Degree Granting Department
Humanities and Cultural Studies
Annette Cozzi, Ph.D.
Andrew Berish, Ph.D.
Elaine Smith, Ph.D.
Gender, Space, Nineteenth-century Art, Carnivalesque, Dialogical, Flâneur, Bohemian, Primitivist
In this thesis I provide analysis of several nineteenth-century artworks in order to elucidate the connections between place and identity as expressed in visual representations of Paris. I utilize Bakhtin's idea of the dialogical as a means of identifying multiple subject positions that might be accessed by particular individuals who live in socially constructed spaces specific to fin-de-siècle Paris. I discuss the construction of three performed identities unique to nineteenth-century Paris: the Flâneur, the bohemian, and the primitivist. In each chapter I will parse out the social construction of the spaces where these identities existed and were performed, and link those identities to their discursive functions as particular models of Parisian life. I will discuss the relationship of each representation of identity to Henri Lefebvre's concept of socially-produced space through analysis of the stylistic and compositional choices made by the artist. The visual artworks I discuss include Edouard Manet's A Bar at the Folies-Bergère, Vincent van Gogh's The Outskirts of Paris, Night Café, and Café Terrace at Night, and Henri de Toulouse-Lautrec's Jane Avril and Divan Japonais.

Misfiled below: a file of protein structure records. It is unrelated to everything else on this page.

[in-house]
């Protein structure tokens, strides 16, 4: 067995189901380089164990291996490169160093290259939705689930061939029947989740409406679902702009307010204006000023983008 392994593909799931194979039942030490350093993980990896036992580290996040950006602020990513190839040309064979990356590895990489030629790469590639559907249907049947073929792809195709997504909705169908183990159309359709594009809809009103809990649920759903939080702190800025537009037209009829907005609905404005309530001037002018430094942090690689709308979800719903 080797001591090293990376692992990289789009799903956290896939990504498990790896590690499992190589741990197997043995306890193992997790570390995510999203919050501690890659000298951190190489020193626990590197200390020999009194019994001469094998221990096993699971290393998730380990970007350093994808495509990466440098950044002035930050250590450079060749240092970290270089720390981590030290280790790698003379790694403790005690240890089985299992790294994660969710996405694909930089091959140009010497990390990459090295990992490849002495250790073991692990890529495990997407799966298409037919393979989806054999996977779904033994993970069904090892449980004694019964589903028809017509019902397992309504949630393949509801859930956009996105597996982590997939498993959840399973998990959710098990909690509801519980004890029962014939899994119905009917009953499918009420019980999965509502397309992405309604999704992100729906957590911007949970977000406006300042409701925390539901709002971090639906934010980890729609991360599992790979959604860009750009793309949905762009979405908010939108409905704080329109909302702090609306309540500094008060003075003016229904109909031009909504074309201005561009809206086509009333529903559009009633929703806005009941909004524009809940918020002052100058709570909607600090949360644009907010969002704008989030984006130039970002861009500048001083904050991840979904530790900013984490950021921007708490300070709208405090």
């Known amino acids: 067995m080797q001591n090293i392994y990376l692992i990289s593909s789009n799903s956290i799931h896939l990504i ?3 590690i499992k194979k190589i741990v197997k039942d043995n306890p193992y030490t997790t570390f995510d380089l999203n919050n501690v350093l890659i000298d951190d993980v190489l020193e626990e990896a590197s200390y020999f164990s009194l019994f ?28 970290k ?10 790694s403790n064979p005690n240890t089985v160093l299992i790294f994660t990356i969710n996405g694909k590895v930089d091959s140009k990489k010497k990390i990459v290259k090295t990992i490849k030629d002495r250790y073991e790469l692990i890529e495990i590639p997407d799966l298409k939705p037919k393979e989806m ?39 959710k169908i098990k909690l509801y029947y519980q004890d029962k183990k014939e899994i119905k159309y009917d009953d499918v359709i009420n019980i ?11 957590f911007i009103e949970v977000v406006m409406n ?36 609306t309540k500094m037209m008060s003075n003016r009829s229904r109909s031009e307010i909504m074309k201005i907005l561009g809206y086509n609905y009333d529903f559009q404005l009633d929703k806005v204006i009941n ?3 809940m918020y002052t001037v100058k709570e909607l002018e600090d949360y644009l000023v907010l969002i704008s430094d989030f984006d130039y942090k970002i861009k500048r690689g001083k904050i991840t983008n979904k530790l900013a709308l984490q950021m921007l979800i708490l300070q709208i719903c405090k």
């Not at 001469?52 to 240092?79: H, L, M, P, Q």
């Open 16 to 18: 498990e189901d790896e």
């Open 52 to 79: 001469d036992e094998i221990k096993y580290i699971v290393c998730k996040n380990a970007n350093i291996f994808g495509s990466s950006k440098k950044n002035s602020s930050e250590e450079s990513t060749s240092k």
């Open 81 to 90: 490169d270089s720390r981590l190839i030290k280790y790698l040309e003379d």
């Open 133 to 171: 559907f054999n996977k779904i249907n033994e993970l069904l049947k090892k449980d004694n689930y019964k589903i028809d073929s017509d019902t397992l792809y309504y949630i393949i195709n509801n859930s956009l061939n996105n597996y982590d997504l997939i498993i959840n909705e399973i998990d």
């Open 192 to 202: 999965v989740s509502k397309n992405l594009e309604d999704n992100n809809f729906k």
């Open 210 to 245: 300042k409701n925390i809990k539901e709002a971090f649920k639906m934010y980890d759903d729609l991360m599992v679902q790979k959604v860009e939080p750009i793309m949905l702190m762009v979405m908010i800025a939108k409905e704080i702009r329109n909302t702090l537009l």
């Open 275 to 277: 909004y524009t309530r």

Scholar Commons Citation
Watts, Chelsea Anne, "Painting Parisian Identity: Place and Subjectivity in Fin-de-siecle art" (2011). USF Tampa Graduate Theses and Dissertations.